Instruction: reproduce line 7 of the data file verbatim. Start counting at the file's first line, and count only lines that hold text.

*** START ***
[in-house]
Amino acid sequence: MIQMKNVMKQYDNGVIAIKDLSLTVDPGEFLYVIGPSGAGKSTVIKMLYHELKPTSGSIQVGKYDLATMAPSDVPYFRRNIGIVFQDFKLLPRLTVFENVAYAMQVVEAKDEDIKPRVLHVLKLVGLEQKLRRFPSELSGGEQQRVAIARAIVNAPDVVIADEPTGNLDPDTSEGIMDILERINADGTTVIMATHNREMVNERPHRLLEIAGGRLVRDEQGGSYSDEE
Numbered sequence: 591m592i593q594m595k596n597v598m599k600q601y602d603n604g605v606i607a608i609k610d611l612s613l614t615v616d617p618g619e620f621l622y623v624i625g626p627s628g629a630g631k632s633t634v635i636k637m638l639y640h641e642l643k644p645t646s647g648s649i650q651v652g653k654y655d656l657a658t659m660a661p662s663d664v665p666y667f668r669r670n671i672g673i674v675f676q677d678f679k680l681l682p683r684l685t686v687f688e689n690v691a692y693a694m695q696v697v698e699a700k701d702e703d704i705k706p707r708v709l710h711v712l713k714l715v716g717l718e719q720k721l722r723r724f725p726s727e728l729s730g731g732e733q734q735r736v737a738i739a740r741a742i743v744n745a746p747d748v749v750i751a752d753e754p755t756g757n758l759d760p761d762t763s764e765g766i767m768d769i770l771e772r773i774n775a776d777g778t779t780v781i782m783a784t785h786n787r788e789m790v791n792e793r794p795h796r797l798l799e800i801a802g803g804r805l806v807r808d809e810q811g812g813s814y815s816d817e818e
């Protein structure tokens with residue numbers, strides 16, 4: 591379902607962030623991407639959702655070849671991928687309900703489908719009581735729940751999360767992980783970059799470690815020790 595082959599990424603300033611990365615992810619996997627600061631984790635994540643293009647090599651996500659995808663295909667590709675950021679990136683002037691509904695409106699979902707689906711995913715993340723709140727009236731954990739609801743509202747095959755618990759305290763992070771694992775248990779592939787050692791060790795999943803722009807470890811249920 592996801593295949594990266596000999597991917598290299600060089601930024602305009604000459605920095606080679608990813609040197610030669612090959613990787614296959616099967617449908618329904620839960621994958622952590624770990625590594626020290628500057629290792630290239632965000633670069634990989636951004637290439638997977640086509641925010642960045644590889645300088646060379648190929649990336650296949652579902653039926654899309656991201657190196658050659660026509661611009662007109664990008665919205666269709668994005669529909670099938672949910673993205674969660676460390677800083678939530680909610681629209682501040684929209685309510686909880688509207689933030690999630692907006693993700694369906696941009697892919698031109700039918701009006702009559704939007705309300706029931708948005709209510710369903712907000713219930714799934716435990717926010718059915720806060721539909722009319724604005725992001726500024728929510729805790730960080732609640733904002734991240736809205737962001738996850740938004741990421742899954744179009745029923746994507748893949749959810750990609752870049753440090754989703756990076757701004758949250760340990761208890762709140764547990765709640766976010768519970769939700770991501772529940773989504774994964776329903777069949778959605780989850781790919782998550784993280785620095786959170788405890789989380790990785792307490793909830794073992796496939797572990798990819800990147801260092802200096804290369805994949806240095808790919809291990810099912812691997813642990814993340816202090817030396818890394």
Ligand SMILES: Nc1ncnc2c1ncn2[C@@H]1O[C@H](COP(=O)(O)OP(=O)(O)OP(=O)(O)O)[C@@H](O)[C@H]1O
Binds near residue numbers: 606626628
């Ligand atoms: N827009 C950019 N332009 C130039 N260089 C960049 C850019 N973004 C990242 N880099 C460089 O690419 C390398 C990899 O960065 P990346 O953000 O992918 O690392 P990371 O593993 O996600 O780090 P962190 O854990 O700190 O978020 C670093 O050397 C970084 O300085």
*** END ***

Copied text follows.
């Ligand atoms: N827009 C950019 N332009 C130039 N260089 C960049 C850019 N973004 C990242 N880099 C460089 O690419 C390398 C990899 O960065 P990346 O953000 O992918 O690392 P990371 O593993 O996600 O780090 P962190 O854990 O700190 O978020 C670093 O050397 C970084 O300085």